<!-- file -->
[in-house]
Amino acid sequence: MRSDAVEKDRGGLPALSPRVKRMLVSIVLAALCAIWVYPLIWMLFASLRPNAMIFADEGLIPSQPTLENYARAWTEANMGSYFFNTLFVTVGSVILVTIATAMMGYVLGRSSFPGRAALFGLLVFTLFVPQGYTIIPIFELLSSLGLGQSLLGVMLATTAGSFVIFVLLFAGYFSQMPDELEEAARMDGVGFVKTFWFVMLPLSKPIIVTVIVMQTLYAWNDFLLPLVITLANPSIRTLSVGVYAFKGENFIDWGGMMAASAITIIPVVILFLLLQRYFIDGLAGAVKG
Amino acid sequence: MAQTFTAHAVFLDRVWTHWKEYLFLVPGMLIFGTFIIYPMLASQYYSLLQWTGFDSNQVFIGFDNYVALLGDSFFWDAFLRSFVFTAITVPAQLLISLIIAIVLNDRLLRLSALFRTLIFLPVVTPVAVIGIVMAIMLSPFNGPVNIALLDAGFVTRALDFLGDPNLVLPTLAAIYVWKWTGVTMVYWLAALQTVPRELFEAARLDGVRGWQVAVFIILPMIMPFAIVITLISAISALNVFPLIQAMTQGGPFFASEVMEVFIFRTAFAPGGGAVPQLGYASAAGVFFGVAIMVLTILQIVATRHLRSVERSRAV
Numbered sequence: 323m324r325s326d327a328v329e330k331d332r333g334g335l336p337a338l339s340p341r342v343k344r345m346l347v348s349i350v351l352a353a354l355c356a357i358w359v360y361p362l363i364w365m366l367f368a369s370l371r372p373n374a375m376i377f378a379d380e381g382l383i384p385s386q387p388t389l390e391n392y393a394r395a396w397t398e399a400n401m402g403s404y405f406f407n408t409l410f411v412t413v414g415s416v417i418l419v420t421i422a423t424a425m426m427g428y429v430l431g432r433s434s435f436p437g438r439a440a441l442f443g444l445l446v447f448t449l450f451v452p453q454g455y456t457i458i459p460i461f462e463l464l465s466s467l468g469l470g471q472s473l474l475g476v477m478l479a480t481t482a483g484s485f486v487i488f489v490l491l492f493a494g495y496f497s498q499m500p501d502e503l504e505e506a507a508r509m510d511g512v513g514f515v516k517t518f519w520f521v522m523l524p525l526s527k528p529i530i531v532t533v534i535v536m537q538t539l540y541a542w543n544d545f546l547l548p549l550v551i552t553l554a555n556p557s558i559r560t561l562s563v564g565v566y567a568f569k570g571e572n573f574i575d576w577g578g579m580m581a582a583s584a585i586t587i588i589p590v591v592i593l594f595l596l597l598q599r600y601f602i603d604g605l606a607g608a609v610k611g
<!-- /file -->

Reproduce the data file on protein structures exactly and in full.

[in-house]
Amino acid sequence: MRSDAVEKDRGGLPALSPRVKRMLVSIVLAALCAIWVYPLIWMLFASLRPNAMIFADEGLIPSQPTLENYARAWTEANMGSYFFNTLFVTVGSVILVTIATAMMGYVLGRSSFPGRAALFGLLVFTLFVPQGYTIIPIFELLSSLGLGQSLLGVMLATTAGSFVIFVLLFAGYFSQMPDELEEAARMDGVGFVKTFWFVMLPLSKPIIVTVIVMQTLYAWNDFLLPLVITLANPSIRTLSVGVYAFKGENFIDWGGMMAASAITIIPVVILFLLLQRYFIDGLAGAVKG
Amino acid sequence: MAQTFTAHAVFLDRVWTHWKEYLFLVPGMLIFGTFIIYPMLASQYYSLLQWTGFDSNQVFIGFDNYVALLGDSFFWDAFLRSFVFTAITVPAQLLISLIIAIVLNDRLLRLSALFRTLIFLPVVTPVAVIGIVMAIMLSPFNGPVNIALLDAGFVTRALDFLGDPNLVLPTLAAIYVWKWTGVTMVYWLAALQTVPRELFEAARLDGVRGWQVAVFIILPMIMPFAIVITLISAISALNVFPLIQAMTQGGPFFASEVMEVFIFRTAFAPGGGAVPQLGYASAAGVFFGVAIMVLTILQIVATRHLRSVERSRAV
Numbered sequence: 323m324r325s326d327a328v329e330k331d332r333g334g335l336p337a338l339s340p341r342v343k344r345m346l347v348s349i350v351l352a353a354l355c356a357i358w359v360y361p362l363i364w365m366l367f368a369s370l371r372p373n374a375m376i377f378a379d380e381g382l383i384p385s386q387p388t389l390e391n392y393a394r395a396w397t398e399a400n401m402g403s404y405f406f407n408t409l410f411v412t413v414g415s416v417i418l419v420t421i422a423t424a425m426m427g428y429v430l431g432r433s434s435f436p437g438r439a440a441l442f443g444l445l446v447f448t449l450f451v452p453q454g455y456t457i458i459p460i461f462e463l464l465s466s467l468g469l470g471q472s473l474l475g476v477m478l479a480t481t482a483g484s485f486v487i488f489v490l491l492f493a494g495y496f497s498q499m500p501d502e503l504e505e506a507a508r509m510d511g512v513g514f515v516k517t518f519w520f521v522m523l524p525l526s527k528p529i530i531v532t533v534i535v536m537q538t539l540y541a542w543n544d545f546l547l548p549l550v551i552t553l554a555n556p557s558i559r560t561l562s563v564g565v566y567a568f569k570g571e572n573f574i575d576w577g578g579m580m581a582a583s584a585i586t587i588i589p590v591v592i593l594f595l596l597l598q599r600y601f602i603d604g605l606a607g608a609v610k611g